Moonrise Kingdom Review
Wes Anderson’s newest film follows the usual equation, and like his other films, is an acquired taste. Moonrise Kingdom takes place on a small island, called New Penzance, off the coast of New England in 1965. Sam (Jared Gilman) is an orphan and a Khaki Scout at Camp Ivanhoe, which is headed by Scout Master Ward (Edward Norton). Suzy (Kara Hayward) is a troubled and violent young girl who begins a pen-pal relationship with Sam after meeting him at a church pageant the summer before. They hatch a plan to run off together, and in doing so, they stir up trouble with the adults all around them while a storm of epic proportions approaches the shores of New Penzance.
Bill Murray shows up in yet another Wes Anderson film as lawyer Walt Bishop, Suzy’s father, while Frances McDormand plays his wife, Laura Bishop. Bruce Willis shines as the sort of sad and lonely Island Police officer Captain Sharp. His grandfather glasses and high-water policeman pants only add to the desperation he evokes as he longs for Laura. He teams up with the Bishops, Scout Master Ward and Social Services (Tilda Swinton) to find Sam and Suzy, and hi-jinks ensue.
Sam and Suzy’s relationship has some awkward moments, but what Wes Anderson film doesn’t have some of those? Sam wears glasses and a raccoon cap, while Suzy wears deep blue eye shadow and “Sunday school shoes.” Together, they encapsulate the adolescent insecurity every child grows up through. While the film focuses on their relationship, ironically it’s the scrambled mess between the adults that’s childish.
When Suzy goes missing, Captain Sharp’s relationship with Laura is revealed. While searching for Suzy with Captain Sharp, Walt begins to realize what’s going on. Back at Camp Ivanhoe, Scout Master Ward is punishing himself for losing one of his Khaki Scouts. As the storm grows near and intensifies, so does the search for Sam and Suzy as well as the tension between the adults.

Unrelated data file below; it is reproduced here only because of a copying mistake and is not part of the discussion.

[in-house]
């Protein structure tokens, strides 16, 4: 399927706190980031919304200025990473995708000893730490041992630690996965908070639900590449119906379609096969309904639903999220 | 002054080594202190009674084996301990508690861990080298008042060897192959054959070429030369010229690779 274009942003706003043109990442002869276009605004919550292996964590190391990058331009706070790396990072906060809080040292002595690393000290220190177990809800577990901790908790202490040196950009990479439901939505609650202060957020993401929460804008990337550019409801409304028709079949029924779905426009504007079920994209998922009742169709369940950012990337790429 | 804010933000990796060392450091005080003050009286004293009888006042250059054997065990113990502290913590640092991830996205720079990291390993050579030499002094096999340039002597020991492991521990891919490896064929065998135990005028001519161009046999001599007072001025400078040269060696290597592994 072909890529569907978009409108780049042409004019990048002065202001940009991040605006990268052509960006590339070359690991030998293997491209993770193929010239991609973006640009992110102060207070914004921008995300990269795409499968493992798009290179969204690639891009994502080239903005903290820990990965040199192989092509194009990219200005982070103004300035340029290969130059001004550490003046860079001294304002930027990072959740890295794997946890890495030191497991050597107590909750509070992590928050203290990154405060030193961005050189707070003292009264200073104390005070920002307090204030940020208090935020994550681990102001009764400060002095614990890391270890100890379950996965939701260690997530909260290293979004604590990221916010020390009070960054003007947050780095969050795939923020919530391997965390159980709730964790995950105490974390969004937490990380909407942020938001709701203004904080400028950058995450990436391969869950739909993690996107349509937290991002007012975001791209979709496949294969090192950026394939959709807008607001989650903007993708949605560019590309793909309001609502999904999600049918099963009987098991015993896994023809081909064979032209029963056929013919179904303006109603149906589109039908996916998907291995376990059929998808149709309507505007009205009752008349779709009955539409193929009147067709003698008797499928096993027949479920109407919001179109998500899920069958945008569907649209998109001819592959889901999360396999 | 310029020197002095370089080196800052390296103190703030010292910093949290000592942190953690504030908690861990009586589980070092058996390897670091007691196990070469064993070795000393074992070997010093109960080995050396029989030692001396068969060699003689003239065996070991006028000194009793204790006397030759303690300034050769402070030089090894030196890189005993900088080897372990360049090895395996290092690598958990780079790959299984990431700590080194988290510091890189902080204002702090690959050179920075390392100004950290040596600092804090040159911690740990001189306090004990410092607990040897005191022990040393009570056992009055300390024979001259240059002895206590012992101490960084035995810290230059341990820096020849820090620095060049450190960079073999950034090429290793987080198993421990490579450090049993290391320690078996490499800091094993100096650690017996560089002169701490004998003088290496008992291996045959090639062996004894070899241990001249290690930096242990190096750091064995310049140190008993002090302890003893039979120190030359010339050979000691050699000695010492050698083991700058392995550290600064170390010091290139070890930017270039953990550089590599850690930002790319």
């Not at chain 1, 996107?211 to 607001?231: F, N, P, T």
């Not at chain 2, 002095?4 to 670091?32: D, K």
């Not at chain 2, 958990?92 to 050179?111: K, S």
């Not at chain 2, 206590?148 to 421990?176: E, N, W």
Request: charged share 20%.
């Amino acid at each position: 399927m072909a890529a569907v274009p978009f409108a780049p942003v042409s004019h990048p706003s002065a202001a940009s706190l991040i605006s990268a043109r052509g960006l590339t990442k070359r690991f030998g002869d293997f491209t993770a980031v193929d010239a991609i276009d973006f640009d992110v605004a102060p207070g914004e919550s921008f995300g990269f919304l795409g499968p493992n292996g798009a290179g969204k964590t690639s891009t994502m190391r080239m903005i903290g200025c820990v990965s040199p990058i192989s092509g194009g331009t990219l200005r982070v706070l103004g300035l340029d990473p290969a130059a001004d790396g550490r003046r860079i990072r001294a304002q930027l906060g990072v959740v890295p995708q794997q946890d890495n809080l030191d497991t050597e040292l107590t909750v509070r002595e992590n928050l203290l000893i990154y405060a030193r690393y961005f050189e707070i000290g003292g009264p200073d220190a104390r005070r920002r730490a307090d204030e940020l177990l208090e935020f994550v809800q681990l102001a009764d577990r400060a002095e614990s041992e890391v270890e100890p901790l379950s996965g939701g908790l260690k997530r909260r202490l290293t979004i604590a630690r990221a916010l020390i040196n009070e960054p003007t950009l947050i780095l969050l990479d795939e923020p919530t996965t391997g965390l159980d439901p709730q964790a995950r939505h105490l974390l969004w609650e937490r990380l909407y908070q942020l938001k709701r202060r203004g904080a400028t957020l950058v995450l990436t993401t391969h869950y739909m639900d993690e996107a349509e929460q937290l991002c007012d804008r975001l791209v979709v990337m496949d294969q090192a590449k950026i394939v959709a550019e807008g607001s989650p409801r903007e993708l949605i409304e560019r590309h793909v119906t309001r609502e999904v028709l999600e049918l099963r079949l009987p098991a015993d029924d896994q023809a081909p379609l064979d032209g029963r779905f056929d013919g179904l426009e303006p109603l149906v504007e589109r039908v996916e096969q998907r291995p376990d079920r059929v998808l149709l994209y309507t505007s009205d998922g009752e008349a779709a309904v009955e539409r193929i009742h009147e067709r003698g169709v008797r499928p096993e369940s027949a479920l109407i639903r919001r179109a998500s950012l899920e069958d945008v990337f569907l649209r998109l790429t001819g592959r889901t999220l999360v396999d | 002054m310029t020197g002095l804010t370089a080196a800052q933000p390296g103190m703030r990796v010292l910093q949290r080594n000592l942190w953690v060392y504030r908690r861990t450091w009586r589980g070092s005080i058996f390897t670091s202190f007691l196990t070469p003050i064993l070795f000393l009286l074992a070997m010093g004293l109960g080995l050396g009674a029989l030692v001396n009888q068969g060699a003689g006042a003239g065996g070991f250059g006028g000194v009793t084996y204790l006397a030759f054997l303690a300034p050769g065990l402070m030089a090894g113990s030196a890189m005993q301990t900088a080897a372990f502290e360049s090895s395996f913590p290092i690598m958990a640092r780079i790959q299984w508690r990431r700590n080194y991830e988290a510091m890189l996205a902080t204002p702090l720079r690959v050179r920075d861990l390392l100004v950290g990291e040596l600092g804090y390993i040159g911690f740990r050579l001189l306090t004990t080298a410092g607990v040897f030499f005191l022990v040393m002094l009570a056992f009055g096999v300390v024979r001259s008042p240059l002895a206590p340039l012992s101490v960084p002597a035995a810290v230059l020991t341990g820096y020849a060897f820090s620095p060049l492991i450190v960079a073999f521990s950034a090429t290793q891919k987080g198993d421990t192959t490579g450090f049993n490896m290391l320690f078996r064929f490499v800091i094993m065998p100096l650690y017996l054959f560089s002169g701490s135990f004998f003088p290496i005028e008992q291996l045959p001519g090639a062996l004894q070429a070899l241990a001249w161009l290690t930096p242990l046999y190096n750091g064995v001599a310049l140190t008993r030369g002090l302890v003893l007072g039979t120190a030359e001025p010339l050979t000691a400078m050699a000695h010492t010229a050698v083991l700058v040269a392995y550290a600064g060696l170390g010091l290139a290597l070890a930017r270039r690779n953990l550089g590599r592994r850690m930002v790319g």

It has to be mentioned that Anderson and Roman Coppola‘s screenplay offers the Khaki Scouts at Camp Ivanhoe plenty of opportunities to steal the show, and they do. The testosterone-driven gang of boys that is at first repulsed by Sam and then eventually teams up to rescue him provides the quirky comic relief Anderson is famous for. Jason Schwartzmann also makes an appearance with his usual sharp wit and snarky dialogue as Cousin Ben, a Scout Master at a neighboring camp.
All in all, Moonrise Kingdom delivers as yet another distinct Wes Anderson film. Each frame could be frozen and pass as a picture all on its own, and the obscure soundtrack in the background sets up the unconventional world Wes Anderson always creates specifically for his films. His attention to detail in filming, costume, set design and music as well as a talented cast makes Moonrise Kingdom a great summer movie.
You can catch Moonrise Kingdom in Houston theaters this Friday, June 15th. Click here for other city release dates.